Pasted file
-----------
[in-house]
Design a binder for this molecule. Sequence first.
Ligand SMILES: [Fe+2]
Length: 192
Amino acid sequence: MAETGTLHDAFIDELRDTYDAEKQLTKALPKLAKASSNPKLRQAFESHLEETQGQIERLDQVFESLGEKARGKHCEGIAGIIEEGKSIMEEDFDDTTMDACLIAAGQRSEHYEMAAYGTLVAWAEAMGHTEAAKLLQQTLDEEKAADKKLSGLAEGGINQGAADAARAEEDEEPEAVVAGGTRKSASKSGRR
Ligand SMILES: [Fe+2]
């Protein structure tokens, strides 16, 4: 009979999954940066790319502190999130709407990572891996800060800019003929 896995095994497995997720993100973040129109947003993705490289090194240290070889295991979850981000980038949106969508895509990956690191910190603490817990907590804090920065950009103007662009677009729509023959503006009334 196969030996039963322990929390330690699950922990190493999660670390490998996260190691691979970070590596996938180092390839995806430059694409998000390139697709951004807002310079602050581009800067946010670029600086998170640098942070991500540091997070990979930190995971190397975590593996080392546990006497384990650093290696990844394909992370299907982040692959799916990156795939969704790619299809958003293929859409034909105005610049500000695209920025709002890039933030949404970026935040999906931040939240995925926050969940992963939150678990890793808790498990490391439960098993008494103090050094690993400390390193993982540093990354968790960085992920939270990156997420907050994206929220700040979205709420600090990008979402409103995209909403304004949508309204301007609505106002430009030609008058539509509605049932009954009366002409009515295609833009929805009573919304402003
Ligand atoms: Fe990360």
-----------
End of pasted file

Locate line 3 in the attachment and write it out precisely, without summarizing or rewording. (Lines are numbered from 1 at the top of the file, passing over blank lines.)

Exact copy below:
Ligand SMILES: [Fe+2]